If we’ve been around the church for a while (or spent time with those who have), you may have heard a phrase like, “the peace that passes all understanding”. Sometimes, the timing of this is a little rough, like when you hear it from a well-meaning friend (or in a sermon) during a time when things seem pretty bad for you. Similarly, quoting the corresponding verse (which we can read below) to someone who is suffering or in sorrow might not be the right thing to say.
Still, in our more reflective moments, when our hearts aren’t quite as heavy and our minds aren’t quite as full, this is definitely the kind of peace that we’d like to have. We want peace when there seem to be no way out of a conflict. We need the hope that peace can be found when things seem hopeless. We seek a peace that goes beyond the fragile treaties and settlements of human beings – one that truly creates harmony within the human race. Perhaps we even seek peace between fallen people and a perfect, holy God.
The verse from which most people paraphrase, “peace that passes understanding” is probably Philippians 4:7. Before we jump into that, though, let’s back up just one verse, and read them both:
Do not be anxious about anything, but in every situation, by prayer and petition, with thanksgiving, present your requests to God. And the peace of God, which transcends all understanding, will guard your hearts and your minds in Christ Jesus.
Philippians 4:6-7 NIV
I like the NIV’s translation here, since the peace we really need must necessarily transcend human understanding. The “peace” that is conceived of (and implemented) by people isn’t a big enough peace for our soul, nor can it address the conflict for the problems that really matter. Other translations do a good job of bringing out various aspects of God’s peace, too:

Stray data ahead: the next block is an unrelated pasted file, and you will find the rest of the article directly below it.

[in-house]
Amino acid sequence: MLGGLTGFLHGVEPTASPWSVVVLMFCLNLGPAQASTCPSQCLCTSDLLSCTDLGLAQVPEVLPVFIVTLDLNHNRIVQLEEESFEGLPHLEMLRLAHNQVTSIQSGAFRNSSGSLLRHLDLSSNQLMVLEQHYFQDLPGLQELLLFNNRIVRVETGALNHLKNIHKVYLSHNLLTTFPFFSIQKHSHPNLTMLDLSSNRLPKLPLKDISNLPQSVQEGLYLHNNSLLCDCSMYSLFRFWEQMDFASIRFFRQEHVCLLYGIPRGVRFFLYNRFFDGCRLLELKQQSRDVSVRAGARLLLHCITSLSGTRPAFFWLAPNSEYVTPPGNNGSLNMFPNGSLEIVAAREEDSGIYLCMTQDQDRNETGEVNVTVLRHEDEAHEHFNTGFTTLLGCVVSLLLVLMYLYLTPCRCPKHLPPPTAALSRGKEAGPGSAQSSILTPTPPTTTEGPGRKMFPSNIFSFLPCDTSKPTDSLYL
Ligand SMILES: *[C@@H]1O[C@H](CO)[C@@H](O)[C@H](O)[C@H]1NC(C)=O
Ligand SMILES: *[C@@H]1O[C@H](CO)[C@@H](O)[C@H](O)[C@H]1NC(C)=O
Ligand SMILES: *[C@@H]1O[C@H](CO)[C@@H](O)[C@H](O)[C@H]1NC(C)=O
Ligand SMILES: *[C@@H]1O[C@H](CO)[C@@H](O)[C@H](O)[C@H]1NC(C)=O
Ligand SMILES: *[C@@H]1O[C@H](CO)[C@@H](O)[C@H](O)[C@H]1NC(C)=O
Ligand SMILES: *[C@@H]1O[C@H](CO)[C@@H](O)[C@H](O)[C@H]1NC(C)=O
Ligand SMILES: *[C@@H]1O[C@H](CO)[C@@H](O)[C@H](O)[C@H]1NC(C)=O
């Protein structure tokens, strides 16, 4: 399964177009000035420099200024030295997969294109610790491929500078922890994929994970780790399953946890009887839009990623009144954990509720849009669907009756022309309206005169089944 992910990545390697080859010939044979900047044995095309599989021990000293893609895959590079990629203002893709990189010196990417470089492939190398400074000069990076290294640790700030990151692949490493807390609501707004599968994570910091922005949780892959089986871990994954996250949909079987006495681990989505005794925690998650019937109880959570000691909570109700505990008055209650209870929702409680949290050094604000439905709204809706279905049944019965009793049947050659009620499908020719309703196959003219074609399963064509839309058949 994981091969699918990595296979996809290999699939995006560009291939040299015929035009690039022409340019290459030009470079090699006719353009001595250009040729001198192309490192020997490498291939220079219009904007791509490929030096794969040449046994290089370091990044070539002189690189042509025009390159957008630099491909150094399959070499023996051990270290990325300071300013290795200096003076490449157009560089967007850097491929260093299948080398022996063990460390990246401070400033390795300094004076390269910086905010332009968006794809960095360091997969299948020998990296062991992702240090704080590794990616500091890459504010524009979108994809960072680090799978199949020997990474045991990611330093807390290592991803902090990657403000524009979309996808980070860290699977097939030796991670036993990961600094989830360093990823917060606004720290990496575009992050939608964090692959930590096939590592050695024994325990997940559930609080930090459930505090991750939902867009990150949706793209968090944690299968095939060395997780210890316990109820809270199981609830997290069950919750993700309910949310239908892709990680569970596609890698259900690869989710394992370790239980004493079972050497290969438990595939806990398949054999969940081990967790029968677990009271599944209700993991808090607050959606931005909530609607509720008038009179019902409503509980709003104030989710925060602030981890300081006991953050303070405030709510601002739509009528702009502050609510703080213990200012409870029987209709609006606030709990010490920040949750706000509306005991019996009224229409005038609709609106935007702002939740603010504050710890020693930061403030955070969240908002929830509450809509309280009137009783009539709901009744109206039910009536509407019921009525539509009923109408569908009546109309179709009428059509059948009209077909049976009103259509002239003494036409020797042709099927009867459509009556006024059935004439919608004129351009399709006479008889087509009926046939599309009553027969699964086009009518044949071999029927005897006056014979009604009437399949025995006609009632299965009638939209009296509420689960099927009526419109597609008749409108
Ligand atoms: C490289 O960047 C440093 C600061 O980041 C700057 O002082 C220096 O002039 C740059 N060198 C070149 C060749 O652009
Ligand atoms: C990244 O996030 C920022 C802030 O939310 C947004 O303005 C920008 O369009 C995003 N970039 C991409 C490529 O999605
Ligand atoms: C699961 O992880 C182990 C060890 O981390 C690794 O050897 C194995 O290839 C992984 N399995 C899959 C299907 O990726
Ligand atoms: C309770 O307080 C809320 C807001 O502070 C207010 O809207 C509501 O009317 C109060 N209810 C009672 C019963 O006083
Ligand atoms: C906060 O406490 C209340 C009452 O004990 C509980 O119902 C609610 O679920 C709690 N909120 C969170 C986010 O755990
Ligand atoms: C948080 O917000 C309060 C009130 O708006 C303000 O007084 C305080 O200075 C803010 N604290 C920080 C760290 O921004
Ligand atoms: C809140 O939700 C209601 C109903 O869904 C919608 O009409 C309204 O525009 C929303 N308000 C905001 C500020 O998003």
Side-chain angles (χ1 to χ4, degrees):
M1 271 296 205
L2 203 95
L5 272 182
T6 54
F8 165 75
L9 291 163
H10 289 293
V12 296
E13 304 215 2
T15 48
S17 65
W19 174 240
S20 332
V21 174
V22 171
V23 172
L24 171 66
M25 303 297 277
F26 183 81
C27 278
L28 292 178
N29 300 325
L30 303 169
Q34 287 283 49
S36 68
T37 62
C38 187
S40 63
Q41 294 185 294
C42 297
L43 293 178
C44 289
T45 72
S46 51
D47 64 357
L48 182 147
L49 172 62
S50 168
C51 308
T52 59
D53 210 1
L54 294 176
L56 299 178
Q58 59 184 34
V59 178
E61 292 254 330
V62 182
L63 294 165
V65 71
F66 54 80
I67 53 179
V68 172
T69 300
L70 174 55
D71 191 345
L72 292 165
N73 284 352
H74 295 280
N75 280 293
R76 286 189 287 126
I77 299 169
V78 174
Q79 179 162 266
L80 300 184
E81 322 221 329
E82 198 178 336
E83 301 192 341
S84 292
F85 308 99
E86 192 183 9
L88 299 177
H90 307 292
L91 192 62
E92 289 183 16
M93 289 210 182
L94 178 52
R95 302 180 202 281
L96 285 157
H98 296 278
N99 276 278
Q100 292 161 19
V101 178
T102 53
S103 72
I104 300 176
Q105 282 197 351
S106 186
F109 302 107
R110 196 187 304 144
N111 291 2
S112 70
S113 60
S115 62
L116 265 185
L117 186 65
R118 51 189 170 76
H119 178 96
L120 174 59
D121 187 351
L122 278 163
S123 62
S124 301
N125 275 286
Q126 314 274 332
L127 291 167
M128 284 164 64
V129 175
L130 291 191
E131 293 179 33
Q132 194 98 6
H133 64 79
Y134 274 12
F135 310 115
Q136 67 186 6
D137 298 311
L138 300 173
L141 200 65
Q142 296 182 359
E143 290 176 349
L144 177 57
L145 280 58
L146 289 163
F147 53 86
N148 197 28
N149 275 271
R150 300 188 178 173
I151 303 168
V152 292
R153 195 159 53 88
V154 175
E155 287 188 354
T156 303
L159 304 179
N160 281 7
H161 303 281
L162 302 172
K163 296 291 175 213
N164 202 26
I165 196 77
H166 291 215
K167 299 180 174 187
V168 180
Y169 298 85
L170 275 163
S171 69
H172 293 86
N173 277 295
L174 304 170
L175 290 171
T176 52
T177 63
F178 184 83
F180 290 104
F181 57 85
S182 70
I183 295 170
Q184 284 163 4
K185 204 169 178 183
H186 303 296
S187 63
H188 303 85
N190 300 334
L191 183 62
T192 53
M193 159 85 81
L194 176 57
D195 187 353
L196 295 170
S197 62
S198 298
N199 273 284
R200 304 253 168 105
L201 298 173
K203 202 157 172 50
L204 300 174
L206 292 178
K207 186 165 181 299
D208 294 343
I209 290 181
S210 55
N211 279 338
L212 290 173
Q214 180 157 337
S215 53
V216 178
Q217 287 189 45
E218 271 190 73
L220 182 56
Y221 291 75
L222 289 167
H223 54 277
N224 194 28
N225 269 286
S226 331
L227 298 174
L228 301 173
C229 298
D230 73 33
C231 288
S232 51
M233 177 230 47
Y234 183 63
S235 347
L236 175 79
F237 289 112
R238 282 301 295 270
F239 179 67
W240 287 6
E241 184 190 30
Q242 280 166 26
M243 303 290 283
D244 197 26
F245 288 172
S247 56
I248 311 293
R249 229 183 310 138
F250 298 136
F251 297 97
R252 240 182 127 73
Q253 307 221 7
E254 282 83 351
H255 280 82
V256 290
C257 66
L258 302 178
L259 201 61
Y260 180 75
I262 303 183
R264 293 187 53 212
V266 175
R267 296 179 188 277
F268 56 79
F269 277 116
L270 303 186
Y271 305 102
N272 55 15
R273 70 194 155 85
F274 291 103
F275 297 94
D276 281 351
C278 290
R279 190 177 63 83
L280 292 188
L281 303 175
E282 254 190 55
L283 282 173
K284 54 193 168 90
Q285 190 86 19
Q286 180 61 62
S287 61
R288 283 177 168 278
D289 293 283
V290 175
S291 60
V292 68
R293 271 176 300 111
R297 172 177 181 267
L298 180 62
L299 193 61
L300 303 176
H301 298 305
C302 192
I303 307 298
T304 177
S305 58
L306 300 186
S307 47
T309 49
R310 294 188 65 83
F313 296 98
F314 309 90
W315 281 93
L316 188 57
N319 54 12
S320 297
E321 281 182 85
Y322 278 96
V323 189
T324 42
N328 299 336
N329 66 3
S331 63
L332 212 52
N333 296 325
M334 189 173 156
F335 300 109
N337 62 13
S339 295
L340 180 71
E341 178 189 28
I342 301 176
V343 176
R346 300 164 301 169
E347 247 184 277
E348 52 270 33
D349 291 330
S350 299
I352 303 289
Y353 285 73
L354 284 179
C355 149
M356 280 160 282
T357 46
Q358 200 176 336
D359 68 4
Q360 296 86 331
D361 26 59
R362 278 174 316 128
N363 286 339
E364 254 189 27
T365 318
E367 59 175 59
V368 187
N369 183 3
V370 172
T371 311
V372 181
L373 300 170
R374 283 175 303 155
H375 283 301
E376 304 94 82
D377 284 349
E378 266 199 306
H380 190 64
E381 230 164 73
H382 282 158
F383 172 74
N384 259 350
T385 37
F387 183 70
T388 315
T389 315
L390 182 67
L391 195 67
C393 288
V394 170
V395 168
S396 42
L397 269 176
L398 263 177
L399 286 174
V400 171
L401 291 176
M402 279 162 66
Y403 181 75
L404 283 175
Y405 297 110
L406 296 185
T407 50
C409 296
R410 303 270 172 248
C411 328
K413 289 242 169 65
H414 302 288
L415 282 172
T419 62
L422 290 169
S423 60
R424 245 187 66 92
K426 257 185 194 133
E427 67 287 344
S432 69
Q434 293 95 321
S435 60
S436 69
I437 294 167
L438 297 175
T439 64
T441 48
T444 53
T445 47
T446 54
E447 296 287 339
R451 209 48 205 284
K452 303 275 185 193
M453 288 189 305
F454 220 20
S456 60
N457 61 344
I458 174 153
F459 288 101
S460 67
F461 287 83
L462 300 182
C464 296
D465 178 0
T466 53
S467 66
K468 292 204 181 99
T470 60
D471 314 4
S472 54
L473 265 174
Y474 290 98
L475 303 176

- “which passeth all understanding” (King James Version, and others)
- “which surpasses all comprehension” (New American Standard Version)
- “which exceeds anything we can understand” (New Living Translation)
(See also Bible Gateway’s display of that verse in all English translations that it supports.)
In the Bible, though, context is critical. Here, verse 6 gives us some good background for what it means to live in this amazing peace. Now, I’m not suggesting that we have to master the instructions of verse 6 (not worrying; asking God for things in prayer, etc.) in order to experience God’s peace in verse 7. I don’t interpret verse 6 as a prerequisite for verse 7. Still, I think that these two concepts are closely related. For instance, when we are confident of the peace of God – even if we don’t totally comprehend it – we don’t have to worry. As we trust a loving, all-powerful God to keep His promises, anxiety no longer has any right to maintain residence in our hearts.